One sin excluded Man from the presence of God. That sin was committed by one man, Adam, when he ate the forbidden fruit from the tree of the knowledge of good and evil. Because of his action all men are condemned. “Therefore, just as sin came into the world through one man, and death through sin, and so death spread to all men because all sinned” (Romans 5:12 ESV; see Romans 5:12-21). So, because of the sacrifice of one Man, Jesus Christ, redemption is offered to all men.

Yet death reigned from Adam to Moses, even over those whose sinning was not like the transgression of Adam, who was a type of the one who was to come. But the free gift is not like the trespass. For if many died through one man’s trespass, much more have the grace of God and the free gift by the grace of that one man Jesus Christ abounded for many (Romans 5:14-15 ESV).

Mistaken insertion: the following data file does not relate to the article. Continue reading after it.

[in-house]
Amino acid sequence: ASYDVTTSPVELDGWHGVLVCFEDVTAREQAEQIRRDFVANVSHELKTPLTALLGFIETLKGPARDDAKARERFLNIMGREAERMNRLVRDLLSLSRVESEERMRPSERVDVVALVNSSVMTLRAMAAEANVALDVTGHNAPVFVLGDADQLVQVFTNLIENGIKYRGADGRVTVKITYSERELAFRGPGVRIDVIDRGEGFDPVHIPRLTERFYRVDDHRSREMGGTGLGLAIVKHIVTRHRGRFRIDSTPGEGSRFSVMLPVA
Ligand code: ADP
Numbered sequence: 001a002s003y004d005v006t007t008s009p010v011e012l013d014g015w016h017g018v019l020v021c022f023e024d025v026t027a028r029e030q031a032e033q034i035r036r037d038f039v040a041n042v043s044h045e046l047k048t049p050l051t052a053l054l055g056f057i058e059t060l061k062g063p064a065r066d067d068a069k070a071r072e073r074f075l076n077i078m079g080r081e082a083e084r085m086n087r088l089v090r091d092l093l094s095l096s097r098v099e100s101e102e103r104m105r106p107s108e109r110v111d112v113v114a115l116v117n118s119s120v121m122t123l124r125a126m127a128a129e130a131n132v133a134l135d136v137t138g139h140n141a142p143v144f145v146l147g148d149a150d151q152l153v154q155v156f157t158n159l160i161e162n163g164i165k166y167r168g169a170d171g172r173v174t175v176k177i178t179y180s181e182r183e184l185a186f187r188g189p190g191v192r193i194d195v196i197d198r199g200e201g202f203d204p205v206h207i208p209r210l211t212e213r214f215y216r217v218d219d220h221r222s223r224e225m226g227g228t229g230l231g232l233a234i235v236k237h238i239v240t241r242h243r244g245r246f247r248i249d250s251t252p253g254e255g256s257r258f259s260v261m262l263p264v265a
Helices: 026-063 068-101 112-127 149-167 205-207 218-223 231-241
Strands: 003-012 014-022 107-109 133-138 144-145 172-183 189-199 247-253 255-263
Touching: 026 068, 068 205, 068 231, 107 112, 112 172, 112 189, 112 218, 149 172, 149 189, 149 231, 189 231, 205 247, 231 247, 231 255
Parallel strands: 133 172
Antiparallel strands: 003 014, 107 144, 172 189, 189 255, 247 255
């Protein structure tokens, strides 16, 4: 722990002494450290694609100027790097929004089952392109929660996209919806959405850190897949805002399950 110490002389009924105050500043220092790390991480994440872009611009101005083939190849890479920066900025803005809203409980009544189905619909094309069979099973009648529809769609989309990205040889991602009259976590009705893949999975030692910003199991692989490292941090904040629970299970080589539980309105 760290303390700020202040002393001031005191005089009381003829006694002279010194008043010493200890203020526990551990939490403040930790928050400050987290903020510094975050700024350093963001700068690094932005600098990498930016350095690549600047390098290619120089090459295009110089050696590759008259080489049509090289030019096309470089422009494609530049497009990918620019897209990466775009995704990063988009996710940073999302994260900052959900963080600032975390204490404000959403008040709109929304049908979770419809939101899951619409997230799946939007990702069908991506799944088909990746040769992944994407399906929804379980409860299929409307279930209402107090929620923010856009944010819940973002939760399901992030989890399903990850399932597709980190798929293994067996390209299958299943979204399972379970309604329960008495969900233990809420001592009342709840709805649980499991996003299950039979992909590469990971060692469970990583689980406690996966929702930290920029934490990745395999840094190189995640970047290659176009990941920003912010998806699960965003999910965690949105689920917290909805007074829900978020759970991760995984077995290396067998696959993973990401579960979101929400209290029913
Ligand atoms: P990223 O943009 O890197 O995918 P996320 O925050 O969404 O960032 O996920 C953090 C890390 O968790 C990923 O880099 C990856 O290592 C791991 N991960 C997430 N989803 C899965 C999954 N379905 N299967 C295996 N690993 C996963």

Adam was a type of Christ. Now, the command is to eat from the tree of life, which is also a type of Christ. One act of disobedience excludes those who disobey from the presence of God. That act of rebellion is to not obey God’s command to eat His flesh and drink His blood. God’s command to all is to eat from the tree of life, which is the body and blood of Christ, and live spiritually with Him in eternity.

God Strolled in His Garden

Studies in Genesis 3

And they heard the sound of the LORD God walking in the garden in the cool of the day, and the man and his wife hid themselves from the presence of the LORD God among the trees of the garden. (Genesis 3:8)

God enjoys His creation.

Some have suggested God is not present, having created and then left His creation to its own devises. They say, if there is a God, He wound up the universe and is letting it run down. That He is uninvolved. This verse shows the absurdity of such a belief. God does not create to then ignore. He is fully involved in His creation.